[Marxism] Thousands of Aristide Supporters Pour Into Streets

David Quarter davidquarter at sympatico.ca
Fri Mar 5 14:53:51 MST 2004


Thousands of Aristide Supporters Pour Into Streets   
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By Ibon Villelabeitia and Jim Loney 

PORT-AU-PRINCE, Haiti (Reuters) - Thousands of outraged 
supporters of exiled President Jean-Bertrand Aristide poured out of 
Haiti's slums and into the streets on Friday, marching on the U.S. 
Embassy to denounce the "occupation" of their homeland and 
demand Aristide's return. 

Reuters Photo 

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Hurling slurs at U.S. Marines and calling President Bush (news - 
web sites) a "terrorist," a crowd estimated at more than 10,000 
materialized in the capital, seething with anger at Aristide's flight to 
Africa five days ago after a bloody rebellion and U.S. pressure. 

"Bush terrorist! Bush terrorist!," chanted the crowd, many of them 
waving Haitian flags and wearing T-shirts bearing photos of Aristide, 
as they passed a contingent of battle-equipped U.S. Marines 
guarding the embassy. 

Hundreds held up their hands with five fingers extended, shouting 
"Aristide five years," the rallying cry of his supporters who wanted 
him to finish his five-year term in office. U.S. troops watched 
impassively from the r

The massive protest came as U.S. and French troops joined Haitian police on patrol in the teeming capital. U.S. military vehicles mounted with machine guns and missile launchers rumbled through the streets, sending a mess
age to rebels and Aristide militants to lay down their arms. 

Supporters of Aristide, a former Roman Catholic priest whose fiery oratory from the pulpit helped galvanize a popular revolt that dislodged the Duvalier family dictatorship in the 1980s, had been relatively quiet this wee
k, shocked by the ouster of Haiti's first freely elected president. 

They had stayed largely in Cite Soleil, La Saline and the other slums of Port-au-Prince as the armed rebels who helped push Aristide from office roamed the streets, hunting for "chimeres," the most militant of Aristide's 

But as the rebels withdrew from the city following a pledge from their leader, former police chief Guy Philippe, to lay down their arms, Aristide partisans vowed to demonstrate daily for the return of their president.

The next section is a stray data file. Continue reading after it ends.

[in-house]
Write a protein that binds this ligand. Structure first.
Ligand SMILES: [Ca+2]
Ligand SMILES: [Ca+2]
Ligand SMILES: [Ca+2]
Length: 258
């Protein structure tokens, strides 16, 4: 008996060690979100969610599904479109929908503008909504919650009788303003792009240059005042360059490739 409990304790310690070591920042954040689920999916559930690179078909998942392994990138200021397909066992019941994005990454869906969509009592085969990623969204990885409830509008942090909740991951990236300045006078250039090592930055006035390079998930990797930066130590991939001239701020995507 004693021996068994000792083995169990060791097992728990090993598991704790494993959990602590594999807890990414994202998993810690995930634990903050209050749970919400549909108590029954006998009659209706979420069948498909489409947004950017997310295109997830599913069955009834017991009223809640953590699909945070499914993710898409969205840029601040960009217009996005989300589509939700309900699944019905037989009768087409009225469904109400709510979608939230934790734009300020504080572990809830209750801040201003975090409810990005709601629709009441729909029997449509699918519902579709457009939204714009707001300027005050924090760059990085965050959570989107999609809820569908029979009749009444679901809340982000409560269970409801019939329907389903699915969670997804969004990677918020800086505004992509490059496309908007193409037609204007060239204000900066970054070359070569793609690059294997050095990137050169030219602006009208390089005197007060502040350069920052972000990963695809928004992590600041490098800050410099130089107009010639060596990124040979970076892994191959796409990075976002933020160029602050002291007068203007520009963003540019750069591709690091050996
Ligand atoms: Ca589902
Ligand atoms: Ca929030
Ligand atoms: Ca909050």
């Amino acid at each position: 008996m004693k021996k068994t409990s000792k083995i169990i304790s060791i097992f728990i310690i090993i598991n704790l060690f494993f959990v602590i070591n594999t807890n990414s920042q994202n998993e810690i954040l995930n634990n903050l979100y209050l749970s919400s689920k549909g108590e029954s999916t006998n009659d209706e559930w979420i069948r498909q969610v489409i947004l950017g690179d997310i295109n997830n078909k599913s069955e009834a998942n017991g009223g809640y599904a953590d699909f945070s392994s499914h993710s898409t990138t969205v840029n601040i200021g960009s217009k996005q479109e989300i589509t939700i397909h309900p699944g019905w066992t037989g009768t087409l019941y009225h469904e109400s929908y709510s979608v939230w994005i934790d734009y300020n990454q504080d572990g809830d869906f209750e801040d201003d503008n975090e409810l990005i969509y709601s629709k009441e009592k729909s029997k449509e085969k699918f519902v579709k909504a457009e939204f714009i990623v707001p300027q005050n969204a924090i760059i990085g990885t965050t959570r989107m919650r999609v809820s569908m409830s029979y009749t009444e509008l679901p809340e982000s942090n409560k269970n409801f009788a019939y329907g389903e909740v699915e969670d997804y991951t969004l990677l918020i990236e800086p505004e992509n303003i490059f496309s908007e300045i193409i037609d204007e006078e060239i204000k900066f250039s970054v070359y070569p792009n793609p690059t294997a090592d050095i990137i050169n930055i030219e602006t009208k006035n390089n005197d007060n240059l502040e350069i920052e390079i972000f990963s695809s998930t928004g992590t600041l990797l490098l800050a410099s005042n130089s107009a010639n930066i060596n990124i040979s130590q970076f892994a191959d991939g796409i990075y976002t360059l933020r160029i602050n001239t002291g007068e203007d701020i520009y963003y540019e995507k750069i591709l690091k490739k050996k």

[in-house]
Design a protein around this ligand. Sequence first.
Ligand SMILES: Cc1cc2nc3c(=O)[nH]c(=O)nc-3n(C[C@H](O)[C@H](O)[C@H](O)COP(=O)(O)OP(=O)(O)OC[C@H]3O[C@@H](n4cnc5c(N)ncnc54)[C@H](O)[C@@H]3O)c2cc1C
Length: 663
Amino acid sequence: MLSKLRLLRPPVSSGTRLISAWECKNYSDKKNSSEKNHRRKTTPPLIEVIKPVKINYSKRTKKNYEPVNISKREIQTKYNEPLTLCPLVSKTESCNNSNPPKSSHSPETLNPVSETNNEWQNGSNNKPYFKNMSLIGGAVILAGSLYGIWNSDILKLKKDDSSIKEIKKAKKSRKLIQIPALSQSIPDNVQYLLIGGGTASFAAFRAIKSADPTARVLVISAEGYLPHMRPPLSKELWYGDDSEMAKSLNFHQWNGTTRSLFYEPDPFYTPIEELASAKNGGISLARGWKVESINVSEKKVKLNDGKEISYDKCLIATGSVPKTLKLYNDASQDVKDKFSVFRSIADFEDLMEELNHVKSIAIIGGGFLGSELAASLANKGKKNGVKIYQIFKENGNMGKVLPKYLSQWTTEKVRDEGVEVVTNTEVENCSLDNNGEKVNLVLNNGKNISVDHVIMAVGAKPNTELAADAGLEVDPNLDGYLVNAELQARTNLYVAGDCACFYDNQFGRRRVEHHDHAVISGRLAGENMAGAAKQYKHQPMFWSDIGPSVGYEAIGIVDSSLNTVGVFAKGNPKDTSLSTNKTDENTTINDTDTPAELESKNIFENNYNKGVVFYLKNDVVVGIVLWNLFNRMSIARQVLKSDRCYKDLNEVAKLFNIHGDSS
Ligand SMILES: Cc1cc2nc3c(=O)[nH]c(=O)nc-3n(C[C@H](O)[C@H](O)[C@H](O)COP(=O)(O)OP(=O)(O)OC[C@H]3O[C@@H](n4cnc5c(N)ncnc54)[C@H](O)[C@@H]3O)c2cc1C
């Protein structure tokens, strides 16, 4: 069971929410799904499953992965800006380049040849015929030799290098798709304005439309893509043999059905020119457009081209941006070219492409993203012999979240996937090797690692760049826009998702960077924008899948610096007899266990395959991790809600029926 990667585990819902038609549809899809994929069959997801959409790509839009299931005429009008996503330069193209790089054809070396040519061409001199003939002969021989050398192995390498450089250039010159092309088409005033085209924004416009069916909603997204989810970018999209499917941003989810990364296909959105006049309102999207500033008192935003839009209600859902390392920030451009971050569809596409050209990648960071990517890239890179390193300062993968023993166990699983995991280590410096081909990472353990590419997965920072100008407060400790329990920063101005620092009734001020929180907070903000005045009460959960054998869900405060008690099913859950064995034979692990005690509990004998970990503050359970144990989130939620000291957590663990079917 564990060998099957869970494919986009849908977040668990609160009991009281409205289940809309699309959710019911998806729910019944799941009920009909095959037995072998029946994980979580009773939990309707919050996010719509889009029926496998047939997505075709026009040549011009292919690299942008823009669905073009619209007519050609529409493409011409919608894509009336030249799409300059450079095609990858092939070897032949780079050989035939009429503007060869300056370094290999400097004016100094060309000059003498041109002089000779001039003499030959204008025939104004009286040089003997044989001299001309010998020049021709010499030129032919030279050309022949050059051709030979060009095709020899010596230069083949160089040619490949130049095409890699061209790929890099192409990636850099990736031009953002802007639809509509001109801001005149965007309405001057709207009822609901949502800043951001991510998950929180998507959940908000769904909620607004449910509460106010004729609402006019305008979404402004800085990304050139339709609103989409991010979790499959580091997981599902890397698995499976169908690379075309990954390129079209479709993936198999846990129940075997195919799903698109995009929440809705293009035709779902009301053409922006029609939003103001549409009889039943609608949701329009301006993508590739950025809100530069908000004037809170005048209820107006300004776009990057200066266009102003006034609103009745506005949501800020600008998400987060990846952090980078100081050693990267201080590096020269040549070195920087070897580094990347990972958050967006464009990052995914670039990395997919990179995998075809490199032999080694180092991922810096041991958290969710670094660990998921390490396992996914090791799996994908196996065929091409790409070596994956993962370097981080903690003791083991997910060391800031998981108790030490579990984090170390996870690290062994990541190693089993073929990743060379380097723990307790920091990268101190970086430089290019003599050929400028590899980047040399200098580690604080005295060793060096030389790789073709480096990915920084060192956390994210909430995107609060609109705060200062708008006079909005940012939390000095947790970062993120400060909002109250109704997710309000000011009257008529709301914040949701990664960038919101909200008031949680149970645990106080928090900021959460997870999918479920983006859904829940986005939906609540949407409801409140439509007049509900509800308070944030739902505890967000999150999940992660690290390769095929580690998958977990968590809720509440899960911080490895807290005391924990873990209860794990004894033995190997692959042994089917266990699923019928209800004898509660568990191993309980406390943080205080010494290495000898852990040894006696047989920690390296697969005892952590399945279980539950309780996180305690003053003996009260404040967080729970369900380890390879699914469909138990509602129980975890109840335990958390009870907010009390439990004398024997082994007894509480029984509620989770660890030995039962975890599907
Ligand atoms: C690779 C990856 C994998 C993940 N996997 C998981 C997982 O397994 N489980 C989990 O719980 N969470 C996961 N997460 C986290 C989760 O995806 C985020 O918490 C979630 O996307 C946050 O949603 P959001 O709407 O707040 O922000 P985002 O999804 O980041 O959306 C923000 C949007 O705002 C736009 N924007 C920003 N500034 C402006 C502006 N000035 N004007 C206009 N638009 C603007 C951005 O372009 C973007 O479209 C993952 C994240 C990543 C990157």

They blamed Haiti's wealthy elite, Bush and French President Jacques Chirac for what they called the "foreign occupation" of Haiti. 

"The bourgeoisie joined with the international community to occupy Haiti and get rid of President Aristide," one demonstrator screamed. "The bourgeoisie never did anything for us, the masses. Now they took away our presid

"If Aristide doesn't come back, life will be hell here." 

Five days after Aristide was ousted by a bloody rebellion, a new tripartite council made up of people chosen by the government, Aristide's political foes and foreign nations went to work. 

Aristide's Minister of Haitians Living Abroad, Leslie Voltaire, was named by the government. The political opposition Democratic Platform picked Paul Denis, a former senator, and the international community chose Adama Gu
indo, the United Nations (news - web sites) resident coordinator. 

The council will select a seven member "Council of Wise Men" within a week to pick a new prime minister and begin the process of establishing a new government. 

Haiti's legislature has been largely defunct since early January. Only a few senators have time left in their terms. 

Haitian and foreign officials have been struggling with the process of installing interim president Boniface Alexandre, who according to the constitution must be ratified by the legislature. It was still uncertain on Frid
ay when a formal swearing in would be held at the palace. 


U.S., French, Chilean and Canadian troops in Haiti numbered about 2,000, according to the commanders of the multinational force approved by the United Nations to restore order after days of looting and shooting following 
Aristide's flight into exile in the Central African Republic on Sunday. 

More than 100 people died in the armed revolt that began on Feb. 5 when an anti-Aristide gang took over the northwestern city of Gonaives. 

Aristide said from his African exile that he was kidnapped. The 
U.S. government has denied the allegation but residents of Aristide 
strongholds believe it. 

In the pro-Aristide Port-au-Prince neighborhood of Bellair, where 
glass and debris litters the streets and the stench of sewage hangs 
in the air, residents said foreign troops should help protect them 
from gunmen that raid the area nightly. 

They say rebels have been conducting reprisal raids. 

"At 6 p.m. we all have to go and find a hole to hide," said Hubert 
Louis, 31, referring to the nightly curfew. "If the foreign troops want 
to show they want to support the people, they should protect us 
from the soldiers who are chasing us." (Additional reporting by 
Joseph Guyler Delva) 

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